Google Fi Reminds Us, The Galaxy S10 Does Work On Its Network

The social media aficionados at Google Fi have taken to Twitter to reveal via an emoji-laden post that Samsung's brand new Galaxy S10 devices will be compatible with the phone service when they land. One noteworthy caveat with the announcement is that Google appears to imply that it won't actually be offering the gadgets themselves. That means users will need to purchase an unlocked variant or buy the device outright through another carrier to bring over to Google Fi.

The carrier also hasn't provided details about just how compatible the new handsets will be. For instance, it isn't yet clear whether the devices will be compatible with Google Fi's incoming RCS texting features. It seems unlikely, given just how advanced Samsung's latest flagships are, that the feature wouldn't be supported but no confirmation has been provided yet. For now, the feature is only known to be supported via Google's own Messages app.

The new Galaxy lineup

In total, there are four new Samsung Galaxy S10 devices headed to market. Those include the Samsung Galaxy S10e, starting at $749.99 in the US, in addition to the Samsung Galaxy S10 for $899.99 and Galaxy S10+ at $999.99. The fourth gadget, the Samsung Galaxy S10 5G hasn't been given a price point just yet.

All of the new devices will feature a new display technology Samsung calls Dynamic AMOLED and each will have a 6GB and 8GB RAM available. The larger Samsung Galaxy S10+ will tack on an additional 12GB version while the 5G model will only be available in an 8GB configuration.

For storage to back up the memory, the Samsung Galaxy S10e will come with either 128GB or 256GB and the Samsung Galaxy S10 models will pack in either 128GB or 512GB. Samsung's Galaxy S10+ will feature 128GB, 256GB, and 1TB storage options to match the RAM variances. The Galaxy S10 5G won't have expandable storage like its counterparts and will only feature 256GB of storage.

The new Galaxy S10 devices also differ in screen size and camera layouts. Starting at the "budget" end of the spectrum, the Samsung Galaxy S10e and Galaxy S10 will both be available in Black, Blue, Pink, and White. The smaller handset will ship with a 5.8-inch flat panel compared to the Galaxy S10's 6.1-inch curved panel but each will feature a single display hole at the front for a selfie-snapper.

The Samsung Galaxy S10+ comes with a 6.4-inch QHD+ curved Dynamic AMOLED display and the Galaxy S10 5G pushes that further still to a similarly specced 6.7-inch panel. Both devices will have a dual-selfie camera array but the largest of the two will pack a 3D depth sensor in place of an RGB sensor.

Rear camera arrays are similarly dizzying in variety, with the Samsung Galaxy S10e only featuring two snappers -- a 12-megapixel and 16-megapixel array. The Samsung Galaxy S10 and Galaxy S10+ both add a third sensor to that, with a 12-megapixel telephoto lens in addition to the standard variable aperture lens and 'ultra-wide' angle lens found on its siblings. As with the front-facing cameras, the 5G variant of the Samsung Galaxy S10 packs a fourth sensor in the form of a rear-facing 3D depth sensor.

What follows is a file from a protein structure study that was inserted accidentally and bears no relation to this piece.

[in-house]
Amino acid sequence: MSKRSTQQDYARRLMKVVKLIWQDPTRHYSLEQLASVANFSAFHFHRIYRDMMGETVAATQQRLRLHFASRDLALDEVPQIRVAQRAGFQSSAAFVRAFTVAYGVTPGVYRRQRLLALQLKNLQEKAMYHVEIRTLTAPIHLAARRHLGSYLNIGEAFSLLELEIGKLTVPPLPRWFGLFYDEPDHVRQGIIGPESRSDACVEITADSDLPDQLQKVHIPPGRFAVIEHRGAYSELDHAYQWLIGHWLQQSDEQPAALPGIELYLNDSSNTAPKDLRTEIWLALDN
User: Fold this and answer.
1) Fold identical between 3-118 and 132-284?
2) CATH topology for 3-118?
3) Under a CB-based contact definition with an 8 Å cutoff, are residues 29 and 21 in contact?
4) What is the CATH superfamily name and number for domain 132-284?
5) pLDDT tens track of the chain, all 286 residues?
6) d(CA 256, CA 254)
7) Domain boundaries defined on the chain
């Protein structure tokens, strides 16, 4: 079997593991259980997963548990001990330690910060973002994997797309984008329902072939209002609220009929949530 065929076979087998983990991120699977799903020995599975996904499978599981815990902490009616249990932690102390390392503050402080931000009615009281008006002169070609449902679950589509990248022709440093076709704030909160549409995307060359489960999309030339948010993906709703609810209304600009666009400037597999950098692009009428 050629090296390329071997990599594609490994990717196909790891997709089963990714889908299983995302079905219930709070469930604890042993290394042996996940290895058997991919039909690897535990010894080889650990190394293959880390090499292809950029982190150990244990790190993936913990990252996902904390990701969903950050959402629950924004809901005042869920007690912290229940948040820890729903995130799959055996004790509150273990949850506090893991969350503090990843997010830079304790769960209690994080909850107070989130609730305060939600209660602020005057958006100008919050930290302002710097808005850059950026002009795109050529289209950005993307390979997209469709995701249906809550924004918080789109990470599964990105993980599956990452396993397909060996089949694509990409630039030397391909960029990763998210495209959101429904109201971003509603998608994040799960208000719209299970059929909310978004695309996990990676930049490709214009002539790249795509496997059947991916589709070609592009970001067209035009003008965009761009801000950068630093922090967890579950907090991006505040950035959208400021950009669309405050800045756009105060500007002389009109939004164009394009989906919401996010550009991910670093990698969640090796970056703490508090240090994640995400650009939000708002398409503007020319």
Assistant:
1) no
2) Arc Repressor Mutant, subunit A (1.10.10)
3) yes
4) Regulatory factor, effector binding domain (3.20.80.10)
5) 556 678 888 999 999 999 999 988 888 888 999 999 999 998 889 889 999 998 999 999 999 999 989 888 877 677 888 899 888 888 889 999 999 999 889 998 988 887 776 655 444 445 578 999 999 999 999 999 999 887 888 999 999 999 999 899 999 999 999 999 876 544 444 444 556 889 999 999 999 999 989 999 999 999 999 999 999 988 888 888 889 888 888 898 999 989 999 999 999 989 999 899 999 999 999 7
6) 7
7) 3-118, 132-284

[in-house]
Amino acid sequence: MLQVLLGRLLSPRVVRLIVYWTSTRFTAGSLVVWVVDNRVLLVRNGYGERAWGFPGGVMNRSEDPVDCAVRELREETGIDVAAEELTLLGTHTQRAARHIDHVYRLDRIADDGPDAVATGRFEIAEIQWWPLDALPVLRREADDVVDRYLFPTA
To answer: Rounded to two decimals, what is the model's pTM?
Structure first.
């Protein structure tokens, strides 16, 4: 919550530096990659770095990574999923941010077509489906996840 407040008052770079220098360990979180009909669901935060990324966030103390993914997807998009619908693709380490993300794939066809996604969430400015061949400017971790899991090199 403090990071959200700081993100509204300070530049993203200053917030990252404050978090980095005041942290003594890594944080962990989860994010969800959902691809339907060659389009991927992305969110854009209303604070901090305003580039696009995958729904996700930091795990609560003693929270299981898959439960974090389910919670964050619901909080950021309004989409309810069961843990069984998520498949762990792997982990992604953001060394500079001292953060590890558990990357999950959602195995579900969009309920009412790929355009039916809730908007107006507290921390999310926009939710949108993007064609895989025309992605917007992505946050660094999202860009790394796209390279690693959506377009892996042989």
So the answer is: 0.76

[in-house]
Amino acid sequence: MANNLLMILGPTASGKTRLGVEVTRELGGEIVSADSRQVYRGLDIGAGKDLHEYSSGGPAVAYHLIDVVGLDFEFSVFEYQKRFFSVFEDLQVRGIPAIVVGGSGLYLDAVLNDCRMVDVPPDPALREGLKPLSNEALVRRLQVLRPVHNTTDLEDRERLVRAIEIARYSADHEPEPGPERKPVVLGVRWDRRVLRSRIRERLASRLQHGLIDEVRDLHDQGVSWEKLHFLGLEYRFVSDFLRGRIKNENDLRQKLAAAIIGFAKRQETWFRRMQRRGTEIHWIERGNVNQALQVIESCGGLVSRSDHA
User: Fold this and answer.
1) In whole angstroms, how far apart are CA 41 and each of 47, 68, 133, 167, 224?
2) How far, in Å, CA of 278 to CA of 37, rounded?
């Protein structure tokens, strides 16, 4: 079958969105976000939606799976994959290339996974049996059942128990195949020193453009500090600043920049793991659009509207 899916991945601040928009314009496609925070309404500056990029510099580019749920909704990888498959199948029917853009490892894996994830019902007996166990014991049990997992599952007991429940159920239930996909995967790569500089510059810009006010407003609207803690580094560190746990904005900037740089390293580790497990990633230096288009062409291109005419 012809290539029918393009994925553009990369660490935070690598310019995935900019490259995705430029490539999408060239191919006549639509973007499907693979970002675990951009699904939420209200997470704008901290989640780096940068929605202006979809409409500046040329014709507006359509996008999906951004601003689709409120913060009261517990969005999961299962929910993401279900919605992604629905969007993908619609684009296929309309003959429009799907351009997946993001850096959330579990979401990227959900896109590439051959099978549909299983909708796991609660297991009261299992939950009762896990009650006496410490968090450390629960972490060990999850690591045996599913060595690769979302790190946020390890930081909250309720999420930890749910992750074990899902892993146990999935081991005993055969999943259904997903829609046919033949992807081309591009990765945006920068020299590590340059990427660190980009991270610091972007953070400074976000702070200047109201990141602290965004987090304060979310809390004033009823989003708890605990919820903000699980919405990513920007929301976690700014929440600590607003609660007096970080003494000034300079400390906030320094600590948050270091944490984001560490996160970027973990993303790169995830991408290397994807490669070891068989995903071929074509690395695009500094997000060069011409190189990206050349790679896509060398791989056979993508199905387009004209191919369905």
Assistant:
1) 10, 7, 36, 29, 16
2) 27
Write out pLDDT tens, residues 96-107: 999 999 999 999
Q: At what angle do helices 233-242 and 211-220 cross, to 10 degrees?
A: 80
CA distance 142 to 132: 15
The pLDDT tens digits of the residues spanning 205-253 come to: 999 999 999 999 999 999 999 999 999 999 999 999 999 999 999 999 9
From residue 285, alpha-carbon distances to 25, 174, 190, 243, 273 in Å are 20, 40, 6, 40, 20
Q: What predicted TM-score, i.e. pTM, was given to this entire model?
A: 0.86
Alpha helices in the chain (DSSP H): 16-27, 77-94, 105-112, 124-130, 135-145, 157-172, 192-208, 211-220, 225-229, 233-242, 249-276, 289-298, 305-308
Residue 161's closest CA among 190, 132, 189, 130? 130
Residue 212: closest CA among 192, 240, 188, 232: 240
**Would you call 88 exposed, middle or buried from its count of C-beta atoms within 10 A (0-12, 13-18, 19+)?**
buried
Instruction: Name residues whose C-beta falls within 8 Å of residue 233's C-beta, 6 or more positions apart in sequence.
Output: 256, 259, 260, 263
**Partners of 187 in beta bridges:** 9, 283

Providing power to the handsets are four differently sized batteries as well. In the Samsung Galaxy S10e, the company has included a 3,100mAh unit, compared to the 3,500mAh and 4,100mAh battery found in the Galaxy S10 and S10+, respectively. The Galaxy S10 5G has 4,500mAh power supply to assist in driving the energy-hungry 5G radio.

Not surprised

Google only announced official support for third-party smartphones as recently as November. However, the addition of Samsung's new devices is hardly surprising since the only real requirement for compatibility is that a gadget needs to support network bands across GSM, CDMA, and LTE.

Of Samsung's new devices specifically, the Galaxy S10 5G may turn out to be the only device that isn't supported on Google Fi. For now, the OEM has only revealed that the handset will be a timed exclusive through Verizon in support of that carriers still somewhat limited 5G rollout. That will remain the case for the first half of 2019, although the top-tier flagship should work with Google Fi after that point.

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About the Author
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Daniel Golightly

Senior Staff Writer
Daniel has been writing for AndroidHeadlines since 2016. As a Senior Staff Writer for the site, Daniel specializes in reviewing a diverse range of technology products and covering topics related to Chrome OS and Chromebooks. Daniel holds a Bachelor’s Degree in Software Engineering and has a background in Writing and Graphics Design that drives his passion for Android, Google products, the science behind the technology, and the direction it's heading. Contact him at [email protected]
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